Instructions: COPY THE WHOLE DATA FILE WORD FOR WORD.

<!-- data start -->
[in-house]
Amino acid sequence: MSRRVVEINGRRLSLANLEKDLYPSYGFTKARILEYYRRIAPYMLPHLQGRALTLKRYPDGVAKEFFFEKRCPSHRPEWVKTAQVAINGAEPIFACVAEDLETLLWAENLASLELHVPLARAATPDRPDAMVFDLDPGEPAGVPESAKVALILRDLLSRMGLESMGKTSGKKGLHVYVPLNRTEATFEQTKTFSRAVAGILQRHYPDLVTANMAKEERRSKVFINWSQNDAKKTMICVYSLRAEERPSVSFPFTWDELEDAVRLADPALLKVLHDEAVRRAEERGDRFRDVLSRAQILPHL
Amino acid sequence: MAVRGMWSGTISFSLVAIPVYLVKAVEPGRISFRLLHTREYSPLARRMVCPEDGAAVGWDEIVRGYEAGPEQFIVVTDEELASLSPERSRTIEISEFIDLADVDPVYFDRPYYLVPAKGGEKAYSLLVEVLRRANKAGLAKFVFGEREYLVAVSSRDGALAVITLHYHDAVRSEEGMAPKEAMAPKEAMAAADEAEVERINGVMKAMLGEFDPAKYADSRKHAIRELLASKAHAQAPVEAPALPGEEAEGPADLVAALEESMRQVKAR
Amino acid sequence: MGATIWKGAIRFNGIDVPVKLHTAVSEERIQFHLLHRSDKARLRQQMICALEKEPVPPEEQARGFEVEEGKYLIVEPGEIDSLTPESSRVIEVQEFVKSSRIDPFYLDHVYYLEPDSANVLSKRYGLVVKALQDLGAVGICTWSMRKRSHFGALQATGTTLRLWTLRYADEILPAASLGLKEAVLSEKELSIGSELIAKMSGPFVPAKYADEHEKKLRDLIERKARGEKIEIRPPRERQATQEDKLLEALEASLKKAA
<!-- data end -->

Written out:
[in-house]
Amino acid sequence: MSRRVVEINGRRLSLANLEKDLYPSYGFTKARILEYYRRIAPYMLPHLQGRALTLKRYPDGVAKEFFFEKRCPSHRPEWVKTAQVAINGAEPIFACVAEDLETLLWAENLASLELHVPLARAATPDRPDAMVFDLDPGEPAGVPESAKVALILRDLLSRMGLESMGKTSGKKGLHVYVPLNRTEATFEQTKTFSRAVAGILQRHYPDLVTANMAKEERRSKVFINWSQNDAKKTMICVYSLRAEERPSVSFPFTWDELEDAVRLADPALLKVLHDEAVRRAEERGDRFRDVLSRAQILPHL
Amino acid sequence: MAVRGMWSGTISFSLVAIPVYLVKAVEPGRISFRLLHTREYSPLARRMVCPEDGAAVGWDEIVRGYEAGPEQFIVVTDEELASLSPERSRTIEISEFIDLADVDPVYFDRPYYLVPAKGGEKAYSLLVEVLRRANKAGLAKFVFGEREYLVAVSSRDGALAVITLHYHDAVRSEEGMAPKEAMAPKEAMAAADEAEVERINGVMKAMLGEFDPAKYADSRKHAIRELLASKAHAQAPVEAPALPGEEAEGPADLVAALEESMRQVKAR
Amino acid sequence: MGATIWKGAIRFNGIDVPVKLHTAVSEERIQFHLLHRSDKARLRQQMICALEKEPVPPEEQARGFEVEEGKYLIVEPGEIDSLTPESSRVIEVQEFVKSSRIDPFYLDHVYYLEPDSANVLSKRYGLVVKALQDLGAVGICTWSMRKRSHFGALQATGTTLRLWTLRYADEILPAASLGLKEAVLSEKELSIGSELIAKMSGPFVPAKYADEHEKKLRDLIERKARGEKIEIRPPRERQATQEDKLLEALEASLKKAA